Standing happily on the shoulders of Space Invaders and enjoying the view while it's there, Galaga is what happens when a game developer poaches a fine concept and genuinely bothers to enhance it. Making it bastard hard didn't hurt either - those 10p pieces can't earn themselves...

A top-down shoot' em up in the most classic of styles, and itself a successor to Galaxian, Galaga shows just how far the genre had moved in a short space of time. Enemies no longer uniformly paraded along the top of the screen in a doomed procession, but instead burst onto the scene from the top, bottom and sides to get the jump on any slovenly players. Respite isn't something the game deems worthy of offering; happily keeping your lone fighter on its toes by chucking in near-continuous streams of foes -- often within seconds of the previous attack.

And while the first level found the dastardly invaders only spitting down a few of their no-longer-straight-falling missiles, within minutes of playing mayhem is well underway. The screen positively fills with bullets and enemy craft of increasing tenacity (including those which require multiple doses of laser fire to be dispatched), making the game as much a test of quick reactions as it is an itchy trigger figure. When a ship then targets the bottom of the screen with a leftover traction beam prop from an old Star Trek episode, you can almost feel the title pushing at the fences of its relatively limited technology. Further evidence that solid thinking has gone into the question of how to evolve an already established gaming concept.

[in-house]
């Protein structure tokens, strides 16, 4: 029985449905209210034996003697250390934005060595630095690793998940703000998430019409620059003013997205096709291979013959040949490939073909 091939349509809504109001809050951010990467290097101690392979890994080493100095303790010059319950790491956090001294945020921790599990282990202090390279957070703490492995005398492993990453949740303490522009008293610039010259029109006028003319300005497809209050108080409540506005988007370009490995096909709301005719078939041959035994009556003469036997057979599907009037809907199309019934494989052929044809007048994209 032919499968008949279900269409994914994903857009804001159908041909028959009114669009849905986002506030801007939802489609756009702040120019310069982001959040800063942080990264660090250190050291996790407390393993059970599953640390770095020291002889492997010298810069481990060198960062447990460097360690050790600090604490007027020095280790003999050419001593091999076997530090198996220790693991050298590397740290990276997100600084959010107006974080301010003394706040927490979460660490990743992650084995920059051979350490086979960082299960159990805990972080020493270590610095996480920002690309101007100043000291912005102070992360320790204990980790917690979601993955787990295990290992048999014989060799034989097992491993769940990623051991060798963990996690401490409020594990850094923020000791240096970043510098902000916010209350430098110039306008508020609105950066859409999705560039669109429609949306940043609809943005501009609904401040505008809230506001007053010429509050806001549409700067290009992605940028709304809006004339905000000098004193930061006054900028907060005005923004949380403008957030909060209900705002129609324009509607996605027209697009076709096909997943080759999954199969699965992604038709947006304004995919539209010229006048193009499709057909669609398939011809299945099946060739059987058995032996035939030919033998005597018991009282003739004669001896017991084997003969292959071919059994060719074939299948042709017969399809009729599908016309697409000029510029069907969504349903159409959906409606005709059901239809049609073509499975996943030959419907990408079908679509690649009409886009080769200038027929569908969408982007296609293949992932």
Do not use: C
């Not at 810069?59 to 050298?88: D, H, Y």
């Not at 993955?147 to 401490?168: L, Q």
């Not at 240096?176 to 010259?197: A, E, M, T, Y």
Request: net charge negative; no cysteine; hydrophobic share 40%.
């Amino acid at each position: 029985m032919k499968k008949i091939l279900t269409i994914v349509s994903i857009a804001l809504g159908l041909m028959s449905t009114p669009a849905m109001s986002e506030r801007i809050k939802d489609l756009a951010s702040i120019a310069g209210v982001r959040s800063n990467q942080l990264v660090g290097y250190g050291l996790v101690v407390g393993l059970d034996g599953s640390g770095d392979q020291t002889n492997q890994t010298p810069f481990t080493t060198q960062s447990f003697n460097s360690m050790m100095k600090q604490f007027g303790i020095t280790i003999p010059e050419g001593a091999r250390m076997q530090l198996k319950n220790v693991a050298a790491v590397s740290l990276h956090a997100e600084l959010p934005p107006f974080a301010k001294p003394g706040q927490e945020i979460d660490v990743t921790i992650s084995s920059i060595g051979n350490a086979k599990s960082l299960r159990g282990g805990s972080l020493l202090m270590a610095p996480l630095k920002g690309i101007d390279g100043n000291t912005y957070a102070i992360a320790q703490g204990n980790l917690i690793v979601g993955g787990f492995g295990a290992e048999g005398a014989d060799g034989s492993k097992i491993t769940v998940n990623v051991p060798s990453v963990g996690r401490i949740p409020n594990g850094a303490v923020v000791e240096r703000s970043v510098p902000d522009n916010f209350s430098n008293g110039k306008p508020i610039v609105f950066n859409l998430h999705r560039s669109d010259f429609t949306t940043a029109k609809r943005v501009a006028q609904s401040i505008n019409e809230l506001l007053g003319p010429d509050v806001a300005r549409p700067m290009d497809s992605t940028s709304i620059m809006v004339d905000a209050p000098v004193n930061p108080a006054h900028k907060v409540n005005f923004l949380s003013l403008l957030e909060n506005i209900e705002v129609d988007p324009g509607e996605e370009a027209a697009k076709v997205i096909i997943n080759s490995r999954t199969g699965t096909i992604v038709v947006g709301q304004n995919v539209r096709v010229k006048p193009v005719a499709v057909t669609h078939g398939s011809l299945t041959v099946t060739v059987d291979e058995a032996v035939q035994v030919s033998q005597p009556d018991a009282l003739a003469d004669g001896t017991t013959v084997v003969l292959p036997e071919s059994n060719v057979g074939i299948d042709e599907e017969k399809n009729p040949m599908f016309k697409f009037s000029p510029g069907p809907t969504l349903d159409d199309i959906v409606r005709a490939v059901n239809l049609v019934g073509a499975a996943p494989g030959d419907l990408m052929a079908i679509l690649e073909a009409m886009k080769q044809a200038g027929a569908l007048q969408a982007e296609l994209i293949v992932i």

1

Despite being beset by a couple of bugs that are almost cherished by the emulation community (there's a reason why the best players play as player two), Galaga earns its status as a classic shoot 'em up. Though it may lack complex artificial intelligence algorithms, and merely shrugs in bewilderment at any mention of a 'cut scene,' conceptually it can still give modern shooters a real run for their arsenal. Every cheat code is welcome, though...

9 /10